Ugly American Apparel

Image courtesy of

How can you hate American Apparel?

How can you hate American Apparel?

That’s what an acquaintance of ours asked recently. “It’s just t-shirts, t-shirts can’t suck, they’re just t-shirts,” he maintained.

Something about it being overpriced, bland, and enshrouded in hipster mystique and social activism really pisses our pants off.

So then we were pleased as punch-drunk love to get Holly’s anti-American Apparel letter, especially because it advocates slave labor and child abuse.

Read it, after the jump…

Holly wrote a letter to American Apparel and posted it to her personal journal:

Dear American Apparel,

I have purchased three shirts from you. They were quite expensive as t-shirts go, but I paid your outrageous prices because I am a virtual giantess and yours is one of the few companies that makes long shirts (or at least, was at the time because I bought these shirts a while ago).

I would like to let you know that while I think it is admirable that you pay your workers a decent wage and provide them with humanitarian working conditions, I will probably in the future buy shirts that are not only cheaper, but made by small slave children. You see, of the three shirts that I purchased only one is still intact. The first of them (not to mention the most expensive one) started coming apart at the bottom seam the very first time I wore it. Then I had the misfortune to wash it. That little hem around the bottom is now but a distant memory. The second shirt lasted approximately three wears (and washes)longer; although on this shirt it is the seam on the left sleeve that has now departed.

I think maybe you don’t need to buy a group of children to make a better quality product, but instead perhaps just make your current workforce fear for their lives a little. Possibly removing any ventillation to the work area and providing severe beating for poor performance will do the trick.

I understand you may disagree with these sentiments, but my other, cheaper, shirts that are in all likelihood put together by children who were sold by their parents for a couple of bowls of rice have all lasted much longer than yours.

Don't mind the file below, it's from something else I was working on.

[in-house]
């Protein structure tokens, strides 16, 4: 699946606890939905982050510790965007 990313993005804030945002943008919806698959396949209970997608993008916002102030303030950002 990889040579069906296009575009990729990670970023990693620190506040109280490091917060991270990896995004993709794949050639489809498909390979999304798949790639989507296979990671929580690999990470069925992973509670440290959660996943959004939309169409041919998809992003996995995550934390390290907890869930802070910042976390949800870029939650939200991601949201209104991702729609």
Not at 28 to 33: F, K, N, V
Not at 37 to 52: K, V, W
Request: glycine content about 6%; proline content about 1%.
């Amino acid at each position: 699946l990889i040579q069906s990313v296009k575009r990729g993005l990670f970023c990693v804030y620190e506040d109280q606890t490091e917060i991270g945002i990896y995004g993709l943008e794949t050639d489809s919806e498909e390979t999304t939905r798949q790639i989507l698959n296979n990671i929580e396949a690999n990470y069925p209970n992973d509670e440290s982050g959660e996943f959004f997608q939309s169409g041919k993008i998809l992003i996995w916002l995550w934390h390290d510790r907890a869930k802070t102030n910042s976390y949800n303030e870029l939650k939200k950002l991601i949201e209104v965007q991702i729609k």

I thought that that would be the end of it, you know, one more consumer screwed by shoddy products.

To my great surprise I received a reply from a complete stranger:

Dear Holly.

You should forward your letter to our customer service people. Sounds like your shirts were from a bad batch… It’s unlikely that we will introduce draconian methods of quality control, but we might send you some new T-shirts.


Weronika Cwir
American Apparel

I visited Weronika’s journal to find this as her bio : I work for American Apparel and I created this account so that I can respond to livejournal entries about the company… What can I say, I am an American Apparel nerd. Hopefully this isn’t too good to be true. (I googled her name and she has several posts at the American Apparel site)

So I did as she said, with a brief explanation to the company that I don’t actually condone the abuse of small children. It occurs to me now that maybe I should have mentioned that I don’t want American Apparel to abuse their adult employees either, but what’s done is done. There are a few more details and pictures at my journal which is (an embarrassing)

Want more consumer news? Visit our parent organization, Consumer Reports, for the latest on scams, recalls, and other consumer issues.